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Crypto.news weekly recap: crypto community supports Turkey and Syria, SEC goes after Kraken, FTX desperate for funds

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Crypto.news weekly recap: crypto community supports Turkey and Syria, SEC goes after Kraken, FTX desperate for funds

The past week in crypto saw various charitable acts, regulatory developments, and market fluctuations. The cryptocurrency community demonstrated its philanthropic spirit by participating in several efforts to support the situation in Turkey and Syria. At the same time, regulatory measures continued. The U.S. SEC’s action against Kraken triggered a rift in the local crypto staking scene. Meanwhile, despite a dearth of FTX updates, creditors pursued additional financial resources. The crypto markets also underwent a retracement, causing a range of emotions within the scene. 

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The crypto community throws its weight behind Turkey and Syria

The previous week greeted residents of southeastern Turkey and northwestern Syria with disasters in the form of a 7.8 magnitude earthquake accompanied by another 7.5 magnitude tremor shortly after, killing over 20,000 people. In response, several bodies rallied in support of the affected regions. The cryptocurrency community was not left out of the campaign.

Prominent exchanges Bitfinex, Bybit, and Gate.io revealed that they would be sending relief aids to victims in separate announcements on Feb. 6. Binance CEO Changpeng “CZ” Zhao also disclosed Binance’s intentions to join in the relief efforts. In addition, reports revealed that Bitget had donated 1 million Turkish Lira to support the affected regions.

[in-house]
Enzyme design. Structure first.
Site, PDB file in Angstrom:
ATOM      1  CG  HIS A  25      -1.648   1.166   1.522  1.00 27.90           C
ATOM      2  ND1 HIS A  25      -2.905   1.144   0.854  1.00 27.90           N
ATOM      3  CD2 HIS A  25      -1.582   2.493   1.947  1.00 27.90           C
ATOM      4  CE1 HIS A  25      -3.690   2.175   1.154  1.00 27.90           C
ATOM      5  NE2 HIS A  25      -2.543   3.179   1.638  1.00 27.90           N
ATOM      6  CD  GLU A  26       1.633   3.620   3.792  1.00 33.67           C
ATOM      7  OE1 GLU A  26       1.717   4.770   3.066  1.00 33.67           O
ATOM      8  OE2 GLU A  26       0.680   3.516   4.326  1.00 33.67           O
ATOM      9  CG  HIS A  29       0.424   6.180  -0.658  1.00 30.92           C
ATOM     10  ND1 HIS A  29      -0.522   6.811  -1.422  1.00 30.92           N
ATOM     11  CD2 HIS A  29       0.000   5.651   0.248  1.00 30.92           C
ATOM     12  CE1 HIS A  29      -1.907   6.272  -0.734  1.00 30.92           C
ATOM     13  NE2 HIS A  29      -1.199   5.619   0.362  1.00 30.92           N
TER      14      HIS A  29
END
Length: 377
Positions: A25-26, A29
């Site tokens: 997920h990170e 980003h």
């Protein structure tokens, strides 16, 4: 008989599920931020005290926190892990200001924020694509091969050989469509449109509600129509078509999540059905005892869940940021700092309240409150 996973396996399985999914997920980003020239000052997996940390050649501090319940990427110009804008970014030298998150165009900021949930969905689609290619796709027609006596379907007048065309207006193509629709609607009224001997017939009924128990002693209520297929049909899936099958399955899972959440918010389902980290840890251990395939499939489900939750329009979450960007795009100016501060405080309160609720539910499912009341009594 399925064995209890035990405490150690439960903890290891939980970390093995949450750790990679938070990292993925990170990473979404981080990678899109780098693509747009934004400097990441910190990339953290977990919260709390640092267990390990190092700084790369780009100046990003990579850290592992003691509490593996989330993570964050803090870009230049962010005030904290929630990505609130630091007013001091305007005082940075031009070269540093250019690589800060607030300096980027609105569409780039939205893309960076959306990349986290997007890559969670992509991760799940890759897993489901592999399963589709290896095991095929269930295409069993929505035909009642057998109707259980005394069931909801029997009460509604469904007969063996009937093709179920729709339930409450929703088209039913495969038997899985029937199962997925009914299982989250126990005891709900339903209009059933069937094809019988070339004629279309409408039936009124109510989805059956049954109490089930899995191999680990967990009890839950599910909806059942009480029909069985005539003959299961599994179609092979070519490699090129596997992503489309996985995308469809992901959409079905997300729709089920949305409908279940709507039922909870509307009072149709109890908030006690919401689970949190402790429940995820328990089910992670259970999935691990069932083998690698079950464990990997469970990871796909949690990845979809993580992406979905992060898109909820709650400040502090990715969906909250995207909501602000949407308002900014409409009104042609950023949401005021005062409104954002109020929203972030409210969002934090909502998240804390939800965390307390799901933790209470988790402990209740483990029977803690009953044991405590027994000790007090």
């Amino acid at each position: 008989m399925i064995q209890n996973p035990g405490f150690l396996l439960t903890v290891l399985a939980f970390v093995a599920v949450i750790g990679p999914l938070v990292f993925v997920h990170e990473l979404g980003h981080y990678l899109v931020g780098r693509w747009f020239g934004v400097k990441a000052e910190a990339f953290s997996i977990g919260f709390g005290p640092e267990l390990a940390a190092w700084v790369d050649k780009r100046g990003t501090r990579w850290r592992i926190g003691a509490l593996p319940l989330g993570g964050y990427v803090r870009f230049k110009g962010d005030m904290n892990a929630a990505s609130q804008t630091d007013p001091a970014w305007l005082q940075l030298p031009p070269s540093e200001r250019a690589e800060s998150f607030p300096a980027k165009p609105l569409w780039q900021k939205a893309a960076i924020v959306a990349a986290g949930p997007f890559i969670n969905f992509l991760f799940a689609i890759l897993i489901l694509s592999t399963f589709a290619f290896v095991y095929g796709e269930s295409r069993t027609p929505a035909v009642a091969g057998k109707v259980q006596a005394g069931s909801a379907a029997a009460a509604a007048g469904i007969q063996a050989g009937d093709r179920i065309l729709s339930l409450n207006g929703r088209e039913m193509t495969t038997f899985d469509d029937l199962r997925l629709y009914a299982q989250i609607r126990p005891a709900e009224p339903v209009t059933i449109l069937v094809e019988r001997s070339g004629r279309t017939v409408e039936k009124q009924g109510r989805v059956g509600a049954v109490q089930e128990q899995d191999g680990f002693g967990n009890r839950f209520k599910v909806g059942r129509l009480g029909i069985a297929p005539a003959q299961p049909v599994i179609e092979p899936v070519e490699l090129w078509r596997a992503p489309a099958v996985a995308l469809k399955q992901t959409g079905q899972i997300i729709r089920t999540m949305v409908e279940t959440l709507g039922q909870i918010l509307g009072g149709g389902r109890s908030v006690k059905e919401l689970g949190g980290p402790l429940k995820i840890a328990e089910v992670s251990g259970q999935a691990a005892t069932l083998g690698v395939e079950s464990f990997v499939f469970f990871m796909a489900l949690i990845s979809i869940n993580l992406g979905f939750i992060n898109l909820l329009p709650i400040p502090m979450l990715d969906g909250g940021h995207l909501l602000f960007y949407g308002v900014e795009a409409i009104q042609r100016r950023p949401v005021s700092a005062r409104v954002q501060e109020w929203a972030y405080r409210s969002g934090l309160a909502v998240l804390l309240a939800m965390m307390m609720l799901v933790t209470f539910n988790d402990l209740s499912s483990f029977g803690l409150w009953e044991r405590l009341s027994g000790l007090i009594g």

Shortly after, renowned Turkish rockstar Haluk Levent set up three multi-signature addresses as he solicited funds from the cryptocurrency community through his charitable organization Ahbap, according to a Feb. 7 report. Donations at the time of publishing exceeded $460,000. Binance later revealed that it would be airdropping $100 to account holders confirmed to be residents of the affected areas.

Amid reports that the death toll had exceeded 20,000 people, blockchain protocol Polkadot jumped on the relief campaign, calling on its community to assist in the relief efforts by donating to the cause. Turkish residents remain some of the biggest adopters of cryptocurrencies, as citizens look to digital assets as a hedge against the collapsing Lira.

Regulatory efforts and enforcement actions persist

The dominance of global regulatory efforts and enforcement actions has become a weekly tradition in the cryptocurrency scene of late, as the numerous blowouts of last year exposed the need for proper oversight. Last week saw a move from the U.S. Securities and Exchange Commission (SEC) that has created a rift in the U.S. crypto staking scene, with industry players forecasting unfavorable effects.